Foodie Tips

❤  The Wendish noodles are about 3 inches in length and have an al dente (“to the tooth”) texture that I love. No soggy noodles here! Don’t live near Serbin, Texas? No worries – you can score your noodles online!

❤  I cooked the Wendish noodles separately according to the package instructions then poured the stroganoff on top to serve. On my next go of this recipe I think I’ll add the uncooked noodles and let them simmer in the stroganoff per the original recipe instructions below – they will likely absorb more of the tasty stroganoff flavor.

❤  Fan of the stroganoff? Luckily there are a few more you can try out here on Betty’s Cook Nook. Click and scroll down!

i. Time

Total prep: About 45-60 minutes.

Sausage Stroganoff Ingredientsii. Ingredients

1 pound  bulk pork sausage
1 cup  white onion, finely chopped
1 cup  green pepper, finely chopped
16 ounce can  diced organic canned tomatoes (Kirkland)
8 ounces  sour cream
1 cup  water
1 tablespoon  sugar
2 teaspoons  kosher salt
2 teaspoons  chili powder
8 ounces  egg noodles (Wendish noodles if you can)

Texas Wendish Noodlesiii. What To Do

1. In a skillet over medium heat combine sausage, onion and green pepper and stir until the sausage is brown and the onion is tender. Drain off the pan drippings.

Sautéing Sausage StroganoffHow To Make Sausage Stroganoff2. In a separate bowl combine the tomatoes, sour cream, water, sugar and seasonings. Stir this mixture into the sausage mixture.

Simmering Sausage Stroganoff3. Gently stir in the noodles. Cover and simmer about 30 minutes or until the noodles are tender. Stir occasionally.

Yield: 4-6 servings

~ Patrick

Betty’s Son
Founder and “Nostalgic Food Blogger” of Betty’s Cook Nook

Sausage Stroganoff Recipe Betty's Cook Nook

A Scan Of Mom’s Original Stroganoff Recipe Clipping

One more time: This video may not qualify as an antique or vintage… but it’s certainly retro!


armadillo eggs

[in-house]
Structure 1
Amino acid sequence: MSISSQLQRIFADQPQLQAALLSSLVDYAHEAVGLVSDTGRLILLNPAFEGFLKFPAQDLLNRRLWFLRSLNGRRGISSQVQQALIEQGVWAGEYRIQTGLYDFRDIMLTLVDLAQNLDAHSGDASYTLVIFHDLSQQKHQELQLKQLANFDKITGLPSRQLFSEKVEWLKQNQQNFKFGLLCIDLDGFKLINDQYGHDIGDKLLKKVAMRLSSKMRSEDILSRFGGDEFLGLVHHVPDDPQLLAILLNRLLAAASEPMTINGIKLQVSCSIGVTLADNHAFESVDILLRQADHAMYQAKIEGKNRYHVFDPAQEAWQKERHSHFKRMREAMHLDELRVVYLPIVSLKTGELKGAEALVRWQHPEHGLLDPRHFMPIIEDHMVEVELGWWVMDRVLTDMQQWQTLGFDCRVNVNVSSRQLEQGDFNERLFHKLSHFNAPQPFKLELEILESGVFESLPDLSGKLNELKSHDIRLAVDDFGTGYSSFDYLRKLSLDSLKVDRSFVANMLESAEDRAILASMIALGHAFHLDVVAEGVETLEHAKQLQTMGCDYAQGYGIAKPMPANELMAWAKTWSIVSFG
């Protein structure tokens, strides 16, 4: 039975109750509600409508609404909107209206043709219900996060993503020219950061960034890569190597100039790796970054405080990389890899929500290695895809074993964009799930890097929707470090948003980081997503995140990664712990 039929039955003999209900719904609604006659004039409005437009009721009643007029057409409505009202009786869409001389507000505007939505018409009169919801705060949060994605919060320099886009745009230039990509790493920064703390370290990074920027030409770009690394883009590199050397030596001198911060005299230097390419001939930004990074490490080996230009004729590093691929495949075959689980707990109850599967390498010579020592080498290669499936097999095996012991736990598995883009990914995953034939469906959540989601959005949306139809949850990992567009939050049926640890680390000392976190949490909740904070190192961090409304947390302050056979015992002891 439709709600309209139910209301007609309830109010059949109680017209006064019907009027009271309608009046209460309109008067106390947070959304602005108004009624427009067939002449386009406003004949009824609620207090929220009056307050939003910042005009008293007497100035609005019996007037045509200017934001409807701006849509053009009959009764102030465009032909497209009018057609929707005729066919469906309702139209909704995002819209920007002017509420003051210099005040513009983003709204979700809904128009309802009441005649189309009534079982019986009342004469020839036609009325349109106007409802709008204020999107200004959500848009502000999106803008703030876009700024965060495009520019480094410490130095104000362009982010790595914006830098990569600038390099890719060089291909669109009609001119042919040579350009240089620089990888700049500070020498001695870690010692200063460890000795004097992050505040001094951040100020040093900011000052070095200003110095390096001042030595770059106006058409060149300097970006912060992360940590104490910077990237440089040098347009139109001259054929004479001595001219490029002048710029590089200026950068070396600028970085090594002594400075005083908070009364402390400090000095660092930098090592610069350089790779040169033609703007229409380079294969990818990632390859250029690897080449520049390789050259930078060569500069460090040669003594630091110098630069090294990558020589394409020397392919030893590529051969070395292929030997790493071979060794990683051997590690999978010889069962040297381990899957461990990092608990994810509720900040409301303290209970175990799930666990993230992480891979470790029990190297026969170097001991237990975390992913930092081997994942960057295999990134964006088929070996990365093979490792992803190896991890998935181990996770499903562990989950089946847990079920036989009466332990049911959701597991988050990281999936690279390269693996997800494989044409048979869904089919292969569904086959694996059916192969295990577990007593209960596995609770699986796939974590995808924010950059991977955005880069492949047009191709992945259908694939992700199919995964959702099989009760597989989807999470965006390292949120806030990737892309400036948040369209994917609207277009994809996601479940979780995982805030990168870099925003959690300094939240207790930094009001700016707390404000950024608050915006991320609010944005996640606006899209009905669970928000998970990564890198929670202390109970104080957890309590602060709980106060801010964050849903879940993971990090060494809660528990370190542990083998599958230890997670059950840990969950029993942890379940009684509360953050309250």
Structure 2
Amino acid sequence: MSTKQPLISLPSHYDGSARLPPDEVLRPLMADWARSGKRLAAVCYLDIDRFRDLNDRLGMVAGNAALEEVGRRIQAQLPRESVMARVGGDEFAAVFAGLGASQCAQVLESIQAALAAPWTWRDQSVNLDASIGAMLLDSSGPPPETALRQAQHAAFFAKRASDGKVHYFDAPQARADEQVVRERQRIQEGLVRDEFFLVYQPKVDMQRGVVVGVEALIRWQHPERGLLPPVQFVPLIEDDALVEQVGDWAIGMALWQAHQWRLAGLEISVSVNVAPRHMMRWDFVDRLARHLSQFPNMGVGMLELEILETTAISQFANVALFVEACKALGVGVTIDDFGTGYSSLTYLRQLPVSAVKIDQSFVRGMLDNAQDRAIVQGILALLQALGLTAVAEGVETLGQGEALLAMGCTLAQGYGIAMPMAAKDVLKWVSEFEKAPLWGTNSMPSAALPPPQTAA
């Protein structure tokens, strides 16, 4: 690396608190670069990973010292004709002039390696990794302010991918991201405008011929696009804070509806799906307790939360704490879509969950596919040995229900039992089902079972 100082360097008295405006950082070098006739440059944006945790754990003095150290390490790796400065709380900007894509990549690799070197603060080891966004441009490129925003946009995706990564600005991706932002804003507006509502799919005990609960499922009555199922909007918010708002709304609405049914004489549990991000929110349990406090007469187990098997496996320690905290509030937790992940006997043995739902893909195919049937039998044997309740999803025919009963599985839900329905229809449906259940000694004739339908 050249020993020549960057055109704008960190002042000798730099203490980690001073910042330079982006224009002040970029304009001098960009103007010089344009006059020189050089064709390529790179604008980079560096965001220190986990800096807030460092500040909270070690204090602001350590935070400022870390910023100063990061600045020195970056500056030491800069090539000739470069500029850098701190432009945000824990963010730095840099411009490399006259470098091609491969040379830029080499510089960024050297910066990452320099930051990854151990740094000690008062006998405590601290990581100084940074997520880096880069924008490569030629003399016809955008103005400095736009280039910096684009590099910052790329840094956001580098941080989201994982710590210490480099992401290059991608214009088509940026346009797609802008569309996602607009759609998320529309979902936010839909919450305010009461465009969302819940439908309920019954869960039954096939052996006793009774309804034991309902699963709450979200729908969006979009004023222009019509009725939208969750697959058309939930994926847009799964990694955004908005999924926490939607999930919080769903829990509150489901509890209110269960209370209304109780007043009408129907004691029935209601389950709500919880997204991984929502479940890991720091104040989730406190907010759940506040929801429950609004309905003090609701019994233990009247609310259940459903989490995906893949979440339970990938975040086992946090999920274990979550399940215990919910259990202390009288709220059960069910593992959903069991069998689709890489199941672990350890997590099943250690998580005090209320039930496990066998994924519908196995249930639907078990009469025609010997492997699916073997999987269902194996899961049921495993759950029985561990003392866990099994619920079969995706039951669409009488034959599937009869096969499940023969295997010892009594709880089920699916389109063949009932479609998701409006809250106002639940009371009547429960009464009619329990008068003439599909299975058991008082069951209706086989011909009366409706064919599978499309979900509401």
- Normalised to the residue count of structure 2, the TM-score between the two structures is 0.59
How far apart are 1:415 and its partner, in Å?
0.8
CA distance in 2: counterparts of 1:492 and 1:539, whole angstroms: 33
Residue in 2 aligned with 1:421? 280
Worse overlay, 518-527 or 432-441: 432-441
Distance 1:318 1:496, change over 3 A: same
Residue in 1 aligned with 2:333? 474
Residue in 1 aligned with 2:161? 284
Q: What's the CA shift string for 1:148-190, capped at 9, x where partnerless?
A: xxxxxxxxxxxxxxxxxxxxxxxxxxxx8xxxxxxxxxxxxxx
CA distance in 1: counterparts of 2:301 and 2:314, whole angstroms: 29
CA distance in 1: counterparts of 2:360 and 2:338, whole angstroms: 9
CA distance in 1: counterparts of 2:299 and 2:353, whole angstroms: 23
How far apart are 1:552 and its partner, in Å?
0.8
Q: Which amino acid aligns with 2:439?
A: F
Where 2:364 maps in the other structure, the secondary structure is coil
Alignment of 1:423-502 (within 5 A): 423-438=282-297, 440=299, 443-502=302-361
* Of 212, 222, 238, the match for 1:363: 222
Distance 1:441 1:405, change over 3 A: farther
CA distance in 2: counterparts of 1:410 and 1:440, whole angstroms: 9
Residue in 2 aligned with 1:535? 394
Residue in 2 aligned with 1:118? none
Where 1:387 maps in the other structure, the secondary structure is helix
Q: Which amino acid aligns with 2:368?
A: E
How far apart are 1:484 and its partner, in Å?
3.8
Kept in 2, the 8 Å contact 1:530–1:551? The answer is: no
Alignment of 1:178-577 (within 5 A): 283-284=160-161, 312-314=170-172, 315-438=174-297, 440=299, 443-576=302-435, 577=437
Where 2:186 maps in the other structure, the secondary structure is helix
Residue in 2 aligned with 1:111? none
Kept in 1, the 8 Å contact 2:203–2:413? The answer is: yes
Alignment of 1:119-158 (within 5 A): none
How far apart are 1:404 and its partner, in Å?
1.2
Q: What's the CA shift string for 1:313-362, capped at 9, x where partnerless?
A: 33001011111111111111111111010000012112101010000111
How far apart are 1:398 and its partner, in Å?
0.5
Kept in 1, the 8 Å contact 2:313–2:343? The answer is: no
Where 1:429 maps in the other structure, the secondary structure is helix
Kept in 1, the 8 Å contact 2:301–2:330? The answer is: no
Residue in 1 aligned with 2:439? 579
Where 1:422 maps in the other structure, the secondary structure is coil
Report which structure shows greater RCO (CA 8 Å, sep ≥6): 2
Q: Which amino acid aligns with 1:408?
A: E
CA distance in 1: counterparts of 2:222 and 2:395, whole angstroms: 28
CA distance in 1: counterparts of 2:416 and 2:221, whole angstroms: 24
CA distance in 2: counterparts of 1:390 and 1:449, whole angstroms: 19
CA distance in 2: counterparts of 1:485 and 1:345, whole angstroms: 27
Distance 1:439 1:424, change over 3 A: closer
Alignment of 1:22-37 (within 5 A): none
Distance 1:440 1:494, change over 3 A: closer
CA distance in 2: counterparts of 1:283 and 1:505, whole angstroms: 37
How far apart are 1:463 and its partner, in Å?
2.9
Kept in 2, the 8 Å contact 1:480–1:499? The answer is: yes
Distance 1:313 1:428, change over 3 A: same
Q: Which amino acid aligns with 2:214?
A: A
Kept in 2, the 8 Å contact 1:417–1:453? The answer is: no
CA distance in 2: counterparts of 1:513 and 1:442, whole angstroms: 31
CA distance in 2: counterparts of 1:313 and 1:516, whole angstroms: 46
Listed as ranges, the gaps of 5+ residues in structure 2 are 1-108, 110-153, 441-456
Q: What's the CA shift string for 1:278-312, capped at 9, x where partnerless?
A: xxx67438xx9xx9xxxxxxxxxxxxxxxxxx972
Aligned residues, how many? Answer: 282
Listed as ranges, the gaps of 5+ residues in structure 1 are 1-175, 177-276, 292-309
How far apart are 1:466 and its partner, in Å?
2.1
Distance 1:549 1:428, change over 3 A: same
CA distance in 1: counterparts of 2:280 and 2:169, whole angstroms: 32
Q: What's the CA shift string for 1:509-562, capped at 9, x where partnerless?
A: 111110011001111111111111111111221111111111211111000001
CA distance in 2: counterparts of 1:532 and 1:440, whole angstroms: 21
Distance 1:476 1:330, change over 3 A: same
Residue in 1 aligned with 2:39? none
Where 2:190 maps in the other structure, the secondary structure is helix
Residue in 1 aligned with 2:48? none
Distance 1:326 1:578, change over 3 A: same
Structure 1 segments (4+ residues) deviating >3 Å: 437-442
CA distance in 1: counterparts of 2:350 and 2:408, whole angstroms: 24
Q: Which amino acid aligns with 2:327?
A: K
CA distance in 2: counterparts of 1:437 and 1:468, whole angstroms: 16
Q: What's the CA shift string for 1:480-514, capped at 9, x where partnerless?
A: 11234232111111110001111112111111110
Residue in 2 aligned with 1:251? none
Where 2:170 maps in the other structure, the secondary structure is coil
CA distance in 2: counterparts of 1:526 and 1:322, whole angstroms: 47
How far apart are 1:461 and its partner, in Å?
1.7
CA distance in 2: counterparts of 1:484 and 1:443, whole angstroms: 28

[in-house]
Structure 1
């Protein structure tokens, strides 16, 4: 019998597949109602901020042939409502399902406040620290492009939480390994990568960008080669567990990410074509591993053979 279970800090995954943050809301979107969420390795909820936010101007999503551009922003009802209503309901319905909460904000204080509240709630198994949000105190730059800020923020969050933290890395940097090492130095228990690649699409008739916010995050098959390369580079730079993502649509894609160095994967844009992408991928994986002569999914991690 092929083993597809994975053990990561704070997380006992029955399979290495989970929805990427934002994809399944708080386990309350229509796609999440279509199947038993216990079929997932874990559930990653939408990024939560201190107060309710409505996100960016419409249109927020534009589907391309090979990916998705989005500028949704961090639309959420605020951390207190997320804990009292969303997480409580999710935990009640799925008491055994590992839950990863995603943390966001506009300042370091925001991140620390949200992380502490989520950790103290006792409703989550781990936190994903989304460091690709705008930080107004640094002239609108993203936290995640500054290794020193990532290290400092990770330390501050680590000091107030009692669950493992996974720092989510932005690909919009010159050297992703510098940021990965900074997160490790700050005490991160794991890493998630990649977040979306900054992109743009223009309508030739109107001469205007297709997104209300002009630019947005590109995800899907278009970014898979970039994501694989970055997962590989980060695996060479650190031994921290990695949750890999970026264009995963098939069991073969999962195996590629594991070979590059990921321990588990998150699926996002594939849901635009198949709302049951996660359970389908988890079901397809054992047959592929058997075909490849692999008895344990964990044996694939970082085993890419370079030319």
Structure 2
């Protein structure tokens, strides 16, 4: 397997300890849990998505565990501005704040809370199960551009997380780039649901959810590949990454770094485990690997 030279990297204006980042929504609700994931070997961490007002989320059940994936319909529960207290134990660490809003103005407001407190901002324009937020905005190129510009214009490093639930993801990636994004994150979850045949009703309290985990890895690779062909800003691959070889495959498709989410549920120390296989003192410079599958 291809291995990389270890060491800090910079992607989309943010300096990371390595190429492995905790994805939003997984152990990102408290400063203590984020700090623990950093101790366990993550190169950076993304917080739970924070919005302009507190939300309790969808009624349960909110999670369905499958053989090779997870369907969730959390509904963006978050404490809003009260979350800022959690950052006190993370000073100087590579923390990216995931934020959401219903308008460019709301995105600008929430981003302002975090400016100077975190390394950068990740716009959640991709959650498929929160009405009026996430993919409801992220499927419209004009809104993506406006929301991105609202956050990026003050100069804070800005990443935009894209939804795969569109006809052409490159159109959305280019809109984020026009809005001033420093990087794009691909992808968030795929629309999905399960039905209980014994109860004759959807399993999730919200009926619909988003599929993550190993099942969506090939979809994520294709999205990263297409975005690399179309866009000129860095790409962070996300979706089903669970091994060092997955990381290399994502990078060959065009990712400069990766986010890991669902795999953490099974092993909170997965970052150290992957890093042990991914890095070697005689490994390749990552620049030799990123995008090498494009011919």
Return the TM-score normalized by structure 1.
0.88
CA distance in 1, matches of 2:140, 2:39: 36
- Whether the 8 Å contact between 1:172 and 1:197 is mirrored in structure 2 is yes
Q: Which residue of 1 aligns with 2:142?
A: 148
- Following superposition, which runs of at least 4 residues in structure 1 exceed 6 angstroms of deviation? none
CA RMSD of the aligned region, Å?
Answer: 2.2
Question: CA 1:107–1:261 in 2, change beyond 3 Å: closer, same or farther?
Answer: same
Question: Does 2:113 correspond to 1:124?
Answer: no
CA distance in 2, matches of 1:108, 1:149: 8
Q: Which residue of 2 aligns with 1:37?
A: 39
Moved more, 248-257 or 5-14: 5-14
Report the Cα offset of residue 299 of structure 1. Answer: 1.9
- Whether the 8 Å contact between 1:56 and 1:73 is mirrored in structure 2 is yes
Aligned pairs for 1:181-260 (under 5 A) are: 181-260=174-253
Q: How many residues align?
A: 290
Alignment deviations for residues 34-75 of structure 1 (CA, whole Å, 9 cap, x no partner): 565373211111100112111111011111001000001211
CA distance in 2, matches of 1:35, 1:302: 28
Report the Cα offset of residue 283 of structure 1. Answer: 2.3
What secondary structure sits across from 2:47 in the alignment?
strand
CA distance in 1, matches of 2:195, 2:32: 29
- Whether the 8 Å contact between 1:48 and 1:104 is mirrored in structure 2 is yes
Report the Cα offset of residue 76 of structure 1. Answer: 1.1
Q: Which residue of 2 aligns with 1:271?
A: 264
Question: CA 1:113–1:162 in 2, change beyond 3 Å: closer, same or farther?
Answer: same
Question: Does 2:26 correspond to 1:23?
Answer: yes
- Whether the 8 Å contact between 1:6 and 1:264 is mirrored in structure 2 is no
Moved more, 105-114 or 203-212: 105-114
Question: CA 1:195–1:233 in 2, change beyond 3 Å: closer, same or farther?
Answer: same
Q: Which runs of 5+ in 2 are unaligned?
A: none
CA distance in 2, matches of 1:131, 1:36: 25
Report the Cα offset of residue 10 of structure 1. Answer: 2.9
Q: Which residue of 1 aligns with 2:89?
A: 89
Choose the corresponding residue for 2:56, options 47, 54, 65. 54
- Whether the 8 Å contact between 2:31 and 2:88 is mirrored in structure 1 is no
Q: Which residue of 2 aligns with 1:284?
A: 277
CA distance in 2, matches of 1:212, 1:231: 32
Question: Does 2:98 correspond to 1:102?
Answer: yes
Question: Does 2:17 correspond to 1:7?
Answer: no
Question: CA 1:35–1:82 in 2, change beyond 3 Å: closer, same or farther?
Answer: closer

An Armadillo Eggs Recipe From Betty's Cook NookArmadillo Eggcellence

This recipe is one of the most important ones here at Betty’s Cook Nook:

  1. The original recipe scan (below) receives high marks for “most interesting recipe shape.” I have no idea why the graphic artist placed a human finger in the middle of the recipe when in fact he/she should have included a caricature of a smiling Texas armadillo driving a tractor pulling a wagonful of these delicious armadillo eggs! ;)
  2. This recipe further proves that armadillos do lay eggs; they just need a little help in the kitchen.
  3. This is the 1st family recipe calling for Shake ‘n Bake. #score!
  4. My Cousin Julie shared this recipe with me from her Mom Delores’ cookbook (my Mom Betty’s sister). I’m confident my Mom would have loved these spicy armadillo eggs because she loved jalapeños as much as Diet Coke, tea with freshly sliced lemon and crabbing at the Texas Coast (not necessarily in that order).

Let’s make eggs!

Foodie Tips ~

  Canned jalapeños. I’m a big fan of anything fresh so if you choose to go fresh for this recipe, change the pepper-wrapping technique below; simply cut-off the end of the jalapeño, seed it, then drop your block of cheese into the pepper and wrap.

  When there’s a 3-alarm fire in your mouth nothing simmers the heat better than ranch dressing. Try dipping your armadillo eggs in a bit of ranch dip and you’ll see what I mean!

  These are best enjoyed fresh but they can be refrigerated for a day or two.

  Love sausage? You might also try Mom’s spicy sausage ball recipe. Eating these will make your day brighter, I’m sure of it!

i. ingredients

½ pound | monterey jack cheese, grated
½ pound | hot bulk texas sausage
1 ½ cups | buttermilk biscuit mix
15 medium | canned jalapeños
½ pound | monterey jack cheese, cubed
1 box | kraft shake ‘n bake for pork
| cage free eggs, beaten

ii. what to do

1. MAKE DOUGH: Mix the grated cheese and sausage. Add the biscuit mix ½ cup at a time until thoroughly mixed. The sausage mixture will become a very stiff dough and should be kneaded several minutes. Set aside.

An Armadillo Eggs Recipe From Betty's Cook Nook

2. FORM EGG: Pinch off a bit of cheese-sausage mixture and pat it into a flat pancake about ¼ inch thick. Slit and seed a jalapeño. Stuff the jalapeño with a cube of cheese and pinch the pepper closed around the cheese. Place the cheese-stuffed jalapeño in the middle of the pancake and wrap it completely with dough, making sure that all edges and ends are sealed completely. Roll the dough-covered jalapeño back and forth in your hands and form an egg shape.

How To Make Armadillo Eggs From Betty's Cook Nook3. COAT & DIP EGG: Roll each egg in Shake ‘n Bake until coated. Dip the armadillo egg into the beaten egg mixture then roll them once again in Shake ‘n Bake then place your readied egg on a foil-lined baking tray. Continue steps 1-3 until you’re all done prepping your eggs.